Busselton GP and educator Dr Sarah Moore takes a journey around mindful medicine.

In October 2019, I was fortunate enough to travel to Montreal to spend two weeks on sabbatical at McGill University, based in the Programs in Whole Person Care in the Faculty of Medicine. This was as a consequence of my successful application for a Fay Gale Fellowship, which the University of WA awards annually to an early career academic.

Dr Sarah Moore

Dr Sarah Moore

While there, I attended the third International Congress in Whole Person Care, chaired by my sabbatical supervisor, Dr Tom Hutchinson, and the program included inspiring keynote speakers, practical workshops and presentations focussing on whole person care approaches to addiction, compassionate health care and culture change in health care.

One of the most powerful speakers was Dr Rana Awdish, who is a critical care physician and faculty member of Wayne State University School of Medicine in Detroit, Michigan.

She completed her medical degree at Wayne State in 2002, her residency at Mount Sinai Beth Israel in New York, and her fellowship training at Henry Ford Hospital where she currently serves as the Director of the Pulmonary Hypertension Program. She also serves as Medical Director of Care Experience for the entire health system.

At the conference, she shared her experience of being seven months pregnant and finishing her critical care fellowship, only to experience a life-threatening intra-abdominal haemorrhage.

Dr Tom Hutchinson Director, McGill Programs in Whole Person Care & Dr Sarah Moore

Dr Tom Hutchinson, Director, McGill Programs in Whole Person Care & Dr Sarah Moore

She described in detail her experience of arriving on the obstetric ward at the hospital where she worked and being greeted by a resident who admitted he didn’t have much experience with ultrasound. She reassured him she would help.

When she told him there was no fetal heart beat to be seen, he asked her “can you show me where you see that?”.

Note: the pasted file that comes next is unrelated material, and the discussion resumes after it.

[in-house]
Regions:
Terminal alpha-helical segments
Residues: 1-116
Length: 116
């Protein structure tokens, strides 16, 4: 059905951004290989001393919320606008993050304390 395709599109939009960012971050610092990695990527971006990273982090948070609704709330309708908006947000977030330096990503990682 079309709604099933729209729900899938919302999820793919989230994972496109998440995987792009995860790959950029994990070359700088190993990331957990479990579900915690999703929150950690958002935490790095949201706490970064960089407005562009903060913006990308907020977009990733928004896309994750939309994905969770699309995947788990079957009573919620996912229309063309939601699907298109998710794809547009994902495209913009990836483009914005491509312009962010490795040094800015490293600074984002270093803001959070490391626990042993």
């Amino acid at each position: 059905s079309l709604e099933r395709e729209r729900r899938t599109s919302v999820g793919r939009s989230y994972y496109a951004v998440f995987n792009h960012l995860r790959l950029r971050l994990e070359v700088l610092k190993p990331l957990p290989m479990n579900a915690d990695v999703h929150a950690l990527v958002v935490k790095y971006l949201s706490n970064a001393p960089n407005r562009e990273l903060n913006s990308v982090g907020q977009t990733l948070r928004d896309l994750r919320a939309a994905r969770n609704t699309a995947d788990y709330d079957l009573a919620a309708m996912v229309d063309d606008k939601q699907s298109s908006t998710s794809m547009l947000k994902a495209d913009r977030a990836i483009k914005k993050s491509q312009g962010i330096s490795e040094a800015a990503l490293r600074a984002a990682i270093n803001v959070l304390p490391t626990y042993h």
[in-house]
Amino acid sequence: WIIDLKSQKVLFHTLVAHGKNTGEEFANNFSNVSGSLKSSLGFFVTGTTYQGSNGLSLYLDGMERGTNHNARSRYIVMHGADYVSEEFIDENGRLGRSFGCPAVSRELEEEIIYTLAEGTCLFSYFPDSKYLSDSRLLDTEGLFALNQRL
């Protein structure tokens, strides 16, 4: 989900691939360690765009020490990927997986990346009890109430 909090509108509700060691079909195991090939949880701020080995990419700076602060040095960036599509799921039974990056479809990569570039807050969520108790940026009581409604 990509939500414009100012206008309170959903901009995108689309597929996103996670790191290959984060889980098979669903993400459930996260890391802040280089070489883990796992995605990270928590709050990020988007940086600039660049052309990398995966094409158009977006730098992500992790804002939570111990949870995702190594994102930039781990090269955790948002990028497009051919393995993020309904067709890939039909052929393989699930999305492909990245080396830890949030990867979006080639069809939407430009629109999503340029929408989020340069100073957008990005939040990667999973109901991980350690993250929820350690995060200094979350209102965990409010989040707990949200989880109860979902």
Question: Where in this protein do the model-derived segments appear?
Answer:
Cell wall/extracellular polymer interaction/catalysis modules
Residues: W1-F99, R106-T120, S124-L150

Next, she was rushed to theatre for emergency surgery, and she remembers hearing the anaesthetist say, “We’re losing her, she’s circulating the drain”. Then she arrested and the next thing she remembers is waking up very debilitated in ICU, having had a cerebellar stroke.

Her first thought was getting hold of a pen so she could ask, “am I dying?”.  Her family wouldn’t give her one because they thought she was going to ask “is the baby alive?” and they feared that if they told her the baby had died it might impair her healing.

Later, she recalled overhearing her medical team discussing her management, and the resident said “she’s been trying to die on us” to which she thought, “I am not! Why do we have to be on different sides – I’m part of the team too!”

She then had an experience of bleeding into her legs and had to ask her treating medical team to examine her because not once had they done so, relying instead on blood tests and CT scans to determine her management. She went on to endure 12 months of slow recovery, experiencing further episodes of discoordination of care, inability of her treating doctors to attend to human suffering and poor communication.

However, she was able to report one positive interaction with her surgeon. He could see she was anxious about having a residual abdominal hernia, so invited her in for a consultation. He asked her “what are you most afraid of?” to which she responded “having an ostomy bag”. He replied, “I’ll do everything I can to avoid that”.  There was no data he could give her to reduce her fear, but he could demonstrate rapport and trust, which is what she needed.

As a consequence of her experience, Dr Awdish has become passionate about improving the patient experience across the health system. She speaks about patient advocacy at health care venues around North America regularly.

Dr Awdish has also developed a model for healing, which she shared with us. It is simple yet powerful.

  • Mutuality Doctors, patients and their families working together as a team, not in opposition